A “one-size-fits-all” approach to creep feeding does not exist, so every foal must be treated and fed as an individual. Here are a few tips to consider as weaning looms.
All foals ultimately need to be weaned, but not all foals require creep feeding.
“Some foals grow at an appropriate rate based on their breed just by consuming the mare’s milk and her forage and concentrates,” explained Kathleen Crandell, Ph.D., a Kentucky Equine Research nutritionist.
The major reasons for creep feeding include offering extra calories to foals not growing at the expected rate and to balance the diet for vitamins and minerals. Without balanced micronutrients, foals are at risk of developing developmental orthopedic diseases, such as osteochondrosis and osteochondritis dissecans (OCD).
If you are going to creep feed, start around 90 days of age.
“The quality of mare’s milk starts to decline at about 90 days. If a foal is not growing well or shows an abnormally low body condition, this could be a sign that the mare is not producing enough milk,” Crandell explained.
Be aware that some foals may require creep feeding before 90 days. In such cases, a special milk-based creep feed is more appropriate than a more traditional creep feed designed for older foals.
Crandell added, “Before 90 days of age, a foal’s immature digestive tract is still well disposed to digesting milk, which is why when creep feeding a foal under 90 days of age it is a good idea to offer a milk-based product.”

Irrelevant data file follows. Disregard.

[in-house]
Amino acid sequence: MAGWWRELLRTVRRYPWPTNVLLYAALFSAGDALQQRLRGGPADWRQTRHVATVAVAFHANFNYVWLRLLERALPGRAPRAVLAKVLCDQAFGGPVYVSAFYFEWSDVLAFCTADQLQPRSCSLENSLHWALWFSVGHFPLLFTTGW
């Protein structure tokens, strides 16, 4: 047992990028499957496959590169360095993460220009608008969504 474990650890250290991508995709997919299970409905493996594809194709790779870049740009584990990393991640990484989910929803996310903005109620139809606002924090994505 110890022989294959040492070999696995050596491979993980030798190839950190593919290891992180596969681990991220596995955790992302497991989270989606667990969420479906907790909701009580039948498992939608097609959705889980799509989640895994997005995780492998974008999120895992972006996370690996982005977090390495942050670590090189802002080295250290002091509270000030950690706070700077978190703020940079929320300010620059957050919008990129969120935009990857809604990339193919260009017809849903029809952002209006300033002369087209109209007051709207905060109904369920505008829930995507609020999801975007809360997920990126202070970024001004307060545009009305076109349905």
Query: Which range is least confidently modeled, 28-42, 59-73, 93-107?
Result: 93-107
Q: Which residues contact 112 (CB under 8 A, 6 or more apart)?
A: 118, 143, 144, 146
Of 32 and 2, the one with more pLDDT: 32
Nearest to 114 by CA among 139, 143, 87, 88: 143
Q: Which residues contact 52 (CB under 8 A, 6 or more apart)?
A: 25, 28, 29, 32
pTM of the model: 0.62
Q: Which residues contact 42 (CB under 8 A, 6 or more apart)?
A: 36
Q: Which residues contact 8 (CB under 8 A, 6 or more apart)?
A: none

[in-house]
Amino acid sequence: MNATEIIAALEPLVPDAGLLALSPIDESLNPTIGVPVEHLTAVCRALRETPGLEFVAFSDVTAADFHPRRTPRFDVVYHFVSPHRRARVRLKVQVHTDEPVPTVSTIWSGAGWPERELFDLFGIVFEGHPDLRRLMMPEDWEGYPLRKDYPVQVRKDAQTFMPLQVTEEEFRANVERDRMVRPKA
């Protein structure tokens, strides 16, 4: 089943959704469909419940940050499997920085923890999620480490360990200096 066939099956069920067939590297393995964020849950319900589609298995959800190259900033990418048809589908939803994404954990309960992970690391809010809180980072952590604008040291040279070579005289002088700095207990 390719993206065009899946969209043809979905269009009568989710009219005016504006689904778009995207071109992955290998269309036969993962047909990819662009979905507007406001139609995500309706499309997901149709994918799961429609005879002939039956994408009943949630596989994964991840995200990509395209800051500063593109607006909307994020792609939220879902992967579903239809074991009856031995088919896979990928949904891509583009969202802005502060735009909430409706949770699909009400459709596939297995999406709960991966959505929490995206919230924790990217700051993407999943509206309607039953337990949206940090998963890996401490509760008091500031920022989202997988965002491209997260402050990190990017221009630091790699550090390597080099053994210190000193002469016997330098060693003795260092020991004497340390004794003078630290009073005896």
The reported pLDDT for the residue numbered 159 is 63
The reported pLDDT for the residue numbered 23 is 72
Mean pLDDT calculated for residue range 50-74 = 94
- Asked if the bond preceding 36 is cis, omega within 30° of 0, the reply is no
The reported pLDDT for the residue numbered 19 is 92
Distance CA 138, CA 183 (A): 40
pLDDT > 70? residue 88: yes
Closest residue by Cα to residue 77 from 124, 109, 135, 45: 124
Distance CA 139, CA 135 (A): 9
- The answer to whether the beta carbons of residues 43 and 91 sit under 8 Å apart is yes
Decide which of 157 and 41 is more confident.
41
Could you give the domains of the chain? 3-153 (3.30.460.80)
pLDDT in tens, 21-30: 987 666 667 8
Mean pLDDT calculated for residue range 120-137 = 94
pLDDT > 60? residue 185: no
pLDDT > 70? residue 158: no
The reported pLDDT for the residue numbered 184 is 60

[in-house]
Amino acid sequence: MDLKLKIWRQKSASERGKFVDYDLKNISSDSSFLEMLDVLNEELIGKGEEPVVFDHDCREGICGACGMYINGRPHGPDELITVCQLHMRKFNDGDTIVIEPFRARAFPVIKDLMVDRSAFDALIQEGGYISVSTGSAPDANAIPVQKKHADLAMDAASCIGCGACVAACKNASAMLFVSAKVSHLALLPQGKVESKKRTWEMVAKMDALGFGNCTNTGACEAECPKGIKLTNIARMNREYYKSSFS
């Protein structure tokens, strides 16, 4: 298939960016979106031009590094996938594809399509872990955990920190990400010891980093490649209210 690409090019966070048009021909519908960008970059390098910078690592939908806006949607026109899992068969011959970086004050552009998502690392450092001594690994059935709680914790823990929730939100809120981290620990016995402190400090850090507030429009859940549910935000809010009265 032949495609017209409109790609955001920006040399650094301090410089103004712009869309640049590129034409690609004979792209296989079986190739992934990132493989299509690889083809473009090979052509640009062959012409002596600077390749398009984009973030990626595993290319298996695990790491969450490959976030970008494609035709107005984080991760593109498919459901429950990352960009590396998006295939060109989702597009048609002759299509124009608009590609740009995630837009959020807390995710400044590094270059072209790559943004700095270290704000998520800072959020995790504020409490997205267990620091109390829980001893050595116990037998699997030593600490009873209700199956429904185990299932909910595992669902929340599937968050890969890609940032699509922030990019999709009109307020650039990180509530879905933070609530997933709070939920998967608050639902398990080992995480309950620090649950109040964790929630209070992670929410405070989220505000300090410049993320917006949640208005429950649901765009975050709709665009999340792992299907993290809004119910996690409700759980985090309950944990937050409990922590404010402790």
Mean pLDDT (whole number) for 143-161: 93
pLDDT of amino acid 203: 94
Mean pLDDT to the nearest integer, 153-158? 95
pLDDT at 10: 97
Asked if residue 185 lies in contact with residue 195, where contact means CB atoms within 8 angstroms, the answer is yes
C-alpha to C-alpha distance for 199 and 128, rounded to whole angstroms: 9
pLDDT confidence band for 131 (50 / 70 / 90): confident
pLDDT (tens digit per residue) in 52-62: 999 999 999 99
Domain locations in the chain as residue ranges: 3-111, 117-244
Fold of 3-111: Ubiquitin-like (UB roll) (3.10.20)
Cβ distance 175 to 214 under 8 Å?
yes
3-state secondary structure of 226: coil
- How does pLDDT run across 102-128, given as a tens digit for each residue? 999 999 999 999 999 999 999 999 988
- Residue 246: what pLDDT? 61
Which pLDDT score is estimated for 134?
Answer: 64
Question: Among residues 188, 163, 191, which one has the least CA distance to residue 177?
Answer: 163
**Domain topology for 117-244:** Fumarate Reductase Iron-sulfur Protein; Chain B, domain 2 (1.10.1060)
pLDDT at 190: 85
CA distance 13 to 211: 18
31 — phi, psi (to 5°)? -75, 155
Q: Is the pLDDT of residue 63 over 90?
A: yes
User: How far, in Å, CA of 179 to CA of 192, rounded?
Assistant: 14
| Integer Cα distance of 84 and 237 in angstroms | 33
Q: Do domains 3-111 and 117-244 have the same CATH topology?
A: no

Don’t go overboard with creep feeding.
As a general rule of thumb, foals are offered approximately 1 lb (0.45 kg) of supplemental feed per month of age of a concentrate formulated specifically for growing foals.
“This recommendation holds true for Thoroughbred foals, but this feeding rate may be too high for other breeds, like Arabians and many Warmbloods,” warned Crandell. “Easy-keeper types do better with a ration balancer as a creep feed so they don’t receive too many supplemental calories.”
Creep feeding helps the weaning process.
Weaning is often considered one of the most stressful times in a horse’s life. Anything an owner can do to alleviate worry or anxiety during separation should be embraced, including creep feeding. Experts suggest that if a foal is accustomed to concentrates in its diet prior to weaning then it should be able to transition through the weaning process more smoothly, at least from a nutritional standpoint.
“For assistance selecting creep feeds and first feeds to offer weanlings, consult a Kentucky Equine Research nutrition advisor. We can help minimize the usual hurdles encountered during creep feeding and weaning,” Crandell advised.